Kanye picks a side as he stays in the po­lit­i­cal fray

Artists’ views shift to un­ex­pected sides of po­lit­i­cal world

USA TODAY International Edition - - FRONT PAGE - Maeve McDer­mott

He and Tay­lor Swift have long been on op­po­site sides, but the Trump era has crys­tal­lized their views.

It’s the celebrity feud that will not die. Ex­cept this time, in­stead of Kanye West and Tay­lor Swift call­ing out each other in lyrics or tak­ing shots in in­ter­views, they’ve pulled op­pos­ing po­lit­i­cal 180s, seem­ingly swap­ping fac­tions of their fan bases in the process. Call it an un­fore­seen ef­fect of the Don­ald Trump era that Swift and West have be­come rep­re­sen­ta­tives of Amer­ica’s po­lit­i­cal di­vide – in a way that no­body could have pre­dicted nearly a decade ago, when the two stars’ fates col­lided on­stage at the 2009 MTV Video Mu­sic Awards. It was at the VMAs that West fa­mously crashed Swift’s speech, spark­ing a feud that reignited in 2016 over West’s song “Fa­mous.” And while both artists were never the most po­lit­i­cally mo­ti­vated of their peers at that point, they both had fairly dis­tinct and op­pos­ing rep­u­ta­tions – West as a lib­eral-lean­ing fire­brand, declar­ing that “Ge­orge Bush doesn’t care about black peo­ple” on live TV in 2005, do­nat­ing money to Demo­cratic can­di­dates and oc­ca­sion­ally rap­ping about racism and so­cial jus­tice, and Swift as Mid­dle Amer­ica’s sweet­heart who pur­pose­fully stayed away from pol­i­tics in her in­ter­views. How dif­fer­ent things are now. In the years since West de­clared he was run­ning for pres­i­dent at the 2015 VMAs, he has latched on to an ag­i­ta­tor he sees as a kin­dred spirit: Pres­i­dent Don­ald Trump. As for Swift, she caught heat for de­clin­ing to en­dorse a can­di­date dur­ing the 2016 elec­tion, which many in­ter­preted as her si­lent ap­proval of Trump. Yet af­ter re­turn­ing from her own hia­tus af­ter squab­bling with West ear­lier that year, Swift in­creas­ingly shared her sup­port for pro­gres­sive-lean­ing causes and do­nat­ing to char­i­ties sup­port­ing sex­ual as­sault vic­tims af­ter her 2017 grop­ing trial and pub­licly back­ing the March for our Lives cam­paign, which seeks to end gun vi­o­lence and pro­motes gun con­trol. But it wasn’t un­til Sun­day that Swift made the leap to­ward en­dors­ing can­di­dates. She posted a let­ter on In­sta­gram sup­port­ing Ten­nessee’s Demo­cratic con­gres­sional can­di­dates while con­demn­ing racism and dis­crim­i­na­tion. Like so many other as­pects of 2018, how fans feel about Kanye vs. Tay­lor likely comes down to how they feel about Trump. And as the same voices on the right that praise West be­gin to voice their new­found aver­sions to Swift, with other com­menters claim­ing that Swift ac­tu­ally “cares more about black peo­ple” than West, the two artists are once again di­a­met­ri­cally op­posed, in a more bizarre way than fans ever could’ve ex­pected.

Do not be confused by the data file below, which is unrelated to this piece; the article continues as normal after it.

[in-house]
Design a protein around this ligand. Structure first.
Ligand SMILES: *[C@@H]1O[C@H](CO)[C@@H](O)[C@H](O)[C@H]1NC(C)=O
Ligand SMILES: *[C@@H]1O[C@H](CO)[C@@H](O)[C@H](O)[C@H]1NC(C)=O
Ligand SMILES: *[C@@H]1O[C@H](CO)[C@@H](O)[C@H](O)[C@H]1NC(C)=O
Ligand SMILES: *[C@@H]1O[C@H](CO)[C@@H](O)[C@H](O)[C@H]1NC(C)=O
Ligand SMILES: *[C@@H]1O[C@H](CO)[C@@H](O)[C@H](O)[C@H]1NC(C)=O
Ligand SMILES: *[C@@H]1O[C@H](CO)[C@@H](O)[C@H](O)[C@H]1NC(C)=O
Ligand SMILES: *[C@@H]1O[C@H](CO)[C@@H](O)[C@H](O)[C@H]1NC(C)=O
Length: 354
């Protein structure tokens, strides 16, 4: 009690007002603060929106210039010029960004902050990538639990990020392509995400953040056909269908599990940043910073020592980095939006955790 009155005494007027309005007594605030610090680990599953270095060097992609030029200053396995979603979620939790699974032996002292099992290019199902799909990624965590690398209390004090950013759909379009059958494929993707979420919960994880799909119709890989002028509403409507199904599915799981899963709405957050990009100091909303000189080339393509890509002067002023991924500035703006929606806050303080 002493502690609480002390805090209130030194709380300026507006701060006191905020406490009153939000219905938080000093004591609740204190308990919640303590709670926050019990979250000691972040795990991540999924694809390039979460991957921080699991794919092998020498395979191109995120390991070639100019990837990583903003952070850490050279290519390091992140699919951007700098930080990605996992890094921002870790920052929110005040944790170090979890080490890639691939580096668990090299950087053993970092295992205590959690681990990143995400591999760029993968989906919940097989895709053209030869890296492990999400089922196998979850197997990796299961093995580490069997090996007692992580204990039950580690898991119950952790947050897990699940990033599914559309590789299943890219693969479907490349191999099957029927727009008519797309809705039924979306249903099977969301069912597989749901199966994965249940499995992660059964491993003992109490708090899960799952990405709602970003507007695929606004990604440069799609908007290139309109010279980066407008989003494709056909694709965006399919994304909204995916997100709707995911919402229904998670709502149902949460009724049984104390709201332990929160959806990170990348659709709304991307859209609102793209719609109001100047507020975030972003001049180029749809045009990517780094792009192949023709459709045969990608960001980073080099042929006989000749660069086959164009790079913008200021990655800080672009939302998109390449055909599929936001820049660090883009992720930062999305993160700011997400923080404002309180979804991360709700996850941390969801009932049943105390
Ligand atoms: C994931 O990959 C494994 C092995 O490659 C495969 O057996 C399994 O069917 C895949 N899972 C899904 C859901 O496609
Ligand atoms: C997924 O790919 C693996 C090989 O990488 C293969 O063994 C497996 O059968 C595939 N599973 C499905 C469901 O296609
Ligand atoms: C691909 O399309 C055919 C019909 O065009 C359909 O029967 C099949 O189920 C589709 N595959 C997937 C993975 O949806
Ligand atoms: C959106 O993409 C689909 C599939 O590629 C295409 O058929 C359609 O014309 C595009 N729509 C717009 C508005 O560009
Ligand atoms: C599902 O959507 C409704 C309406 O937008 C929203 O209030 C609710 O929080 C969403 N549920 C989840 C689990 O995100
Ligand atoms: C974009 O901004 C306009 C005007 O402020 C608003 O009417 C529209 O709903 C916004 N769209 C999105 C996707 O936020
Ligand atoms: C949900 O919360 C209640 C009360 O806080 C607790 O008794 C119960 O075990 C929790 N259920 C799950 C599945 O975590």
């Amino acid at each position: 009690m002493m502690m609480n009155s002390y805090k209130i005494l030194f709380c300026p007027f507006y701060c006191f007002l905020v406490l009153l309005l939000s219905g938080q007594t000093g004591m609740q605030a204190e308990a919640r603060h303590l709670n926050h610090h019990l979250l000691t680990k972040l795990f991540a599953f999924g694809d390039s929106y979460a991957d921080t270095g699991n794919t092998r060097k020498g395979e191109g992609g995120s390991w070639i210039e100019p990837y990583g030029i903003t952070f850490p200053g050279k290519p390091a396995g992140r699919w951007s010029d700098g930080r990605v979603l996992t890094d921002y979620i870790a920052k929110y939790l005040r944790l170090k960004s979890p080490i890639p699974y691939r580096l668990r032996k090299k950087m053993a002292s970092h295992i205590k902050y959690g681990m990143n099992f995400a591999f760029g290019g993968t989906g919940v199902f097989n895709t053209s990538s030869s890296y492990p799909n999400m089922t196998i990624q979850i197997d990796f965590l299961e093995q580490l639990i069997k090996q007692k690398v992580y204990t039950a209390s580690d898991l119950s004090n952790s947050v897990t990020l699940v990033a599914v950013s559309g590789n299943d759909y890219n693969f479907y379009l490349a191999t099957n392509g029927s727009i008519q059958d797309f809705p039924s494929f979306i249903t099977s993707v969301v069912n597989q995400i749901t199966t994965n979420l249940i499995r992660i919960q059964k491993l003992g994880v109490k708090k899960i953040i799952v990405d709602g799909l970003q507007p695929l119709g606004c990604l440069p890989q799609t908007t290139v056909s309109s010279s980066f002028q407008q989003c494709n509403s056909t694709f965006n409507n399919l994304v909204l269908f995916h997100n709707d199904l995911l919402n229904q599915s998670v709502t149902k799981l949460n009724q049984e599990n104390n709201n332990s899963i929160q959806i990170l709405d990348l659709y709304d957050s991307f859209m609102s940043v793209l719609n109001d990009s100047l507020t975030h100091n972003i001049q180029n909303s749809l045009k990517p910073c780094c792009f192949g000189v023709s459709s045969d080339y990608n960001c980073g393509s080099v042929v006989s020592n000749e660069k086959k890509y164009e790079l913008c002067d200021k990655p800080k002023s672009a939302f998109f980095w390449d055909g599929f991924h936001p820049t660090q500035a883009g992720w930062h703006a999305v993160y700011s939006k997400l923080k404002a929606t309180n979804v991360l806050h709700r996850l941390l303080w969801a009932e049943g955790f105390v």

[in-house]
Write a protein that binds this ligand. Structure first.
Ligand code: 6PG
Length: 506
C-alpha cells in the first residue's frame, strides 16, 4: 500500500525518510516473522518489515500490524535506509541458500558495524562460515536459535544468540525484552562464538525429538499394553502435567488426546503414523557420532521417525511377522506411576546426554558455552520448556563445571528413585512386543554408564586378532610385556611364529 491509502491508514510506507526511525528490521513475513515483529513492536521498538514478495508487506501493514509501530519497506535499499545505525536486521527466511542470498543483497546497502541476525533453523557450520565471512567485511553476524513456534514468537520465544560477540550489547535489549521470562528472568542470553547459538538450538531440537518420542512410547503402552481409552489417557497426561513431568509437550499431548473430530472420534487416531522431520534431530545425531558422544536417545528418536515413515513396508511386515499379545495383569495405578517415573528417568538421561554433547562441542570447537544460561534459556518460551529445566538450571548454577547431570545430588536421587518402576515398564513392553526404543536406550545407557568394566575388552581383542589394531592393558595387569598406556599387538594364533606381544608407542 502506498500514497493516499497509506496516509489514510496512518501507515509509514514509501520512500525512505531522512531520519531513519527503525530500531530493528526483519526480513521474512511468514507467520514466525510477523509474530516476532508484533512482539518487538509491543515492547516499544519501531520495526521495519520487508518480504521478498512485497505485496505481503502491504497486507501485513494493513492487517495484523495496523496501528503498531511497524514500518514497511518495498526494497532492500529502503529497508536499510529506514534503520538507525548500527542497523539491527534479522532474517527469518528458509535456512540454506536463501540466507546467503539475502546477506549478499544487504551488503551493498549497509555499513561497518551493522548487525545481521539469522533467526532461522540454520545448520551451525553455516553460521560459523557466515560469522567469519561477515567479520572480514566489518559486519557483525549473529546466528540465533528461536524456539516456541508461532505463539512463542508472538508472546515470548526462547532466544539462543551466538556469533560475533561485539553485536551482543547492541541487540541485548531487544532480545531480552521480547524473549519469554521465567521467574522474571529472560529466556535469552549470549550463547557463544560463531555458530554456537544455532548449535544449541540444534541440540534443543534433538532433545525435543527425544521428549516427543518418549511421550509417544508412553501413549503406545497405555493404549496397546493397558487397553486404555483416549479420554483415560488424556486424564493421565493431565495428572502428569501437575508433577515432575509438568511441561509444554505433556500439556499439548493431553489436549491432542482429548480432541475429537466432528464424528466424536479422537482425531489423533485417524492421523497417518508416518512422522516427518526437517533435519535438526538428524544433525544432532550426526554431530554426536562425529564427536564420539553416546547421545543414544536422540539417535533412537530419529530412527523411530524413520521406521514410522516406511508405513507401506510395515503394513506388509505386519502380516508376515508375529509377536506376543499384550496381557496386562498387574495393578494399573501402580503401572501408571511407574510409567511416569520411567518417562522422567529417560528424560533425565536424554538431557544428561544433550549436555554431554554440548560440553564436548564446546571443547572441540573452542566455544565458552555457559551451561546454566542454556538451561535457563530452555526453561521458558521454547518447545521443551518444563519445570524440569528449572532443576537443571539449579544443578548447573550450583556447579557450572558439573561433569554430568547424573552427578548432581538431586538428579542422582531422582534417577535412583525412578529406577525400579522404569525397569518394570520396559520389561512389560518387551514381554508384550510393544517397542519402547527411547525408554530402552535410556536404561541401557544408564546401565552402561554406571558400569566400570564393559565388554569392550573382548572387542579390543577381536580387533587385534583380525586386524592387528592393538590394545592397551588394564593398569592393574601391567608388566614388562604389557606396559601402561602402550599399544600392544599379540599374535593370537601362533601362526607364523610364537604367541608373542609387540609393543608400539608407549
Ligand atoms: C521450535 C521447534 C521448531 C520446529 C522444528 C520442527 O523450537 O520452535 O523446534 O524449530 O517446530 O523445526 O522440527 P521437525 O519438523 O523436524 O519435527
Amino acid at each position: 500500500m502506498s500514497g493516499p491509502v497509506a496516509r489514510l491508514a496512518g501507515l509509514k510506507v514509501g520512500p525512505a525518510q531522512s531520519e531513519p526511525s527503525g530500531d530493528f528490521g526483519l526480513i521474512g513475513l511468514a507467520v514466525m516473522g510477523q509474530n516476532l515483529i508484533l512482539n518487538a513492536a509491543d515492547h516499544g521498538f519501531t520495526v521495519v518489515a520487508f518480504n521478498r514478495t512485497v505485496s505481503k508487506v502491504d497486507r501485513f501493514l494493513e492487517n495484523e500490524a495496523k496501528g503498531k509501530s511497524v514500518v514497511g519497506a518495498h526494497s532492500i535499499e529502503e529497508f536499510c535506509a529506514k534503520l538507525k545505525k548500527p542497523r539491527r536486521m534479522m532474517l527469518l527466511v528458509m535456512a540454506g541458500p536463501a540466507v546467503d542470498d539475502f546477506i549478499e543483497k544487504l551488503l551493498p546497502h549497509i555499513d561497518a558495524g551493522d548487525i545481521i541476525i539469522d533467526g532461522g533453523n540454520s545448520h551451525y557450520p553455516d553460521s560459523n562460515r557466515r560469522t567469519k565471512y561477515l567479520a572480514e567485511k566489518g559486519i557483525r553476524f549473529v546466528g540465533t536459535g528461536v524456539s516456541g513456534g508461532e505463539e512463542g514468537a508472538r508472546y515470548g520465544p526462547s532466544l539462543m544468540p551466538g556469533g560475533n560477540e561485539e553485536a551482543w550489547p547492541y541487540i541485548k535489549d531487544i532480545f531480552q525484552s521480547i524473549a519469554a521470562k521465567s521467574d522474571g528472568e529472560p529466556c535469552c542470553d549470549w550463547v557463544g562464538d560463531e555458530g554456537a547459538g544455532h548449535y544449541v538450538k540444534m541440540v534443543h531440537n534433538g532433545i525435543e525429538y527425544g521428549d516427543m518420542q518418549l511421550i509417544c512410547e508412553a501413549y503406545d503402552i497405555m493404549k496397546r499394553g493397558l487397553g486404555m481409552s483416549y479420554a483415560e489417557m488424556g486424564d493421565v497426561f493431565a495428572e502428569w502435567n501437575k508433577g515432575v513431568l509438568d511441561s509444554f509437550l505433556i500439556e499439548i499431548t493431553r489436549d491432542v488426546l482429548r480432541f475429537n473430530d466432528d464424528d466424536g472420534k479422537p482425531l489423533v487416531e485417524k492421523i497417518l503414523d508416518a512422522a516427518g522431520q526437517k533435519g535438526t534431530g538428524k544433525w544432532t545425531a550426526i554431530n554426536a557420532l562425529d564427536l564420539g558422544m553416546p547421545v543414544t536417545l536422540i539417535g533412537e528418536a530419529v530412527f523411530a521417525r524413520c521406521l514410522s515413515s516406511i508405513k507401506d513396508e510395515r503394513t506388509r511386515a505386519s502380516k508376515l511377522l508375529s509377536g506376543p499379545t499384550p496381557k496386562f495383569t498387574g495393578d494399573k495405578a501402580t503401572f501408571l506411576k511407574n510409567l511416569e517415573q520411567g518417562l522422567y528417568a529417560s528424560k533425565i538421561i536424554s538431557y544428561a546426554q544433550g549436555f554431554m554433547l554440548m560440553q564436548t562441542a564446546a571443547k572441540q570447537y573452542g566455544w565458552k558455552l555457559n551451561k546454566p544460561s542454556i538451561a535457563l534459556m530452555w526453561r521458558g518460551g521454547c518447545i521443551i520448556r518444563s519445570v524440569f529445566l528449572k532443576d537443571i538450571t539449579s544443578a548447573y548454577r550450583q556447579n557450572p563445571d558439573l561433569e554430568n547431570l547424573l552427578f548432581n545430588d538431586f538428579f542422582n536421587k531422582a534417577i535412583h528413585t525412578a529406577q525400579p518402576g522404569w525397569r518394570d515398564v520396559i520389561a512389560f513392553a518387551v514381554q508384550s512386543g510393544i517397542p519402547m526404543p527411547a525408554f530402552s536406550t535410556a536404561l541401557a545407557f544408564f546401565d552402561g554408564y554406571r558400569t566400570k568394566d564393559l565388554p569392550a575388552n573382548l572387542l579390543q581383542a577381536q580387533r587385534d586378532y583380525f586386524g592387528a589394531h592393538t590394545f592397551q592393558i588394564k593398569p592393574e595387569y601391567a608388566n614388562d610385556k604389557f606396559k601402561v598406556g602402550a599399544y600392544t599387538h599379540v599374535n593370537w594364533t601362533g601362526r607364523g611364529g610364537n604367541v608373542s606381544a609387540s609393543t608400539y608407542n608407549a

SETH WENIG/AP

GETTY IM­AGES

TAY­LOR SWIFT BY JOR­DAN STRAUSS/IN­VI­SION/AP; KANYE WEST BY EVAN AGOSTINI/AP;

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